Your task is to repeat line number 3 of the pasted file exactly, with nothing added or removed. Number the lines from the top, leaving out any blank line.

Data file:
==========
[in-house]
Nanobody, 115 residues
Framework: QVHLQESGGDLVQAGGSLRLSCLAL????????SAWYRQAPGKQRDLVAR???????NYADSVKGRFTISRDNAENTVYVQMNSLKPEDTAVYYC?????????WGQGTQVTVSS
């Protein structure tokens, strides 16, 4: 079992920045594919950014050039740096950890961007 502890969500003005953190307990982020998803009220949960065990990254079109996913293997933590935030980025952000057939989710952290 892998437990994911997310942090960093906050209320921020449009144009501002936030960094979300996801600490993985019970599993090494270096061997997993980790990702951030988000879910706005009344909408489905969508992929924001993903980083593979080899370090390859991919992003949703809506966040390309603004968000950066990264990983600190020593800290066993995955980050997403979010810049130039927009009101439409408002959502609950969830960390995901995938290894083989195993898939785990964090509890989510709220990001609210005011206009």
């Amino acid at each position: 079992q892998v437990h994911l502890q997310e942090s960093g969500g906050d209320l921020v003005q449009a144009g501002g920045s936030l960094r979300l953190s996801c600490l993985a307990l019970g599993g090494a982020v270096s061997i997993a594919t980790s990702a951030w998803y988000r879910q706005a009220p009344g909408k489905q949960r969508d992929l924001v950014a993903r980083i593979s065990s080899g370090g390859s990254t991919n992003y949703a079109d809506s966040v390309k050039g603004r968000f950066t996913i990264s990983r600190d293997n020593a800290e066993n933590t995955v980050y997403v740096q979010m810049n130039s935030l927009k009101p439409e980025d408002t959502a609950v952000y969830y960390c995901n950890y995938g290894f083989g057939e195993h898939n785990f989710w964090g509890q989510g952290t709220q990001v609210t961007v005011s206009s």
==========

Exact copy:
Framework: QVHLQESGGDLVQAGGSLRLSCLAL????????SAWYRQAPGKQRDLVAR???????NYADSVKGRFTISRDNAENTVYVQMNSLKPEDTAVYYC?????????WGQGTQVTVSS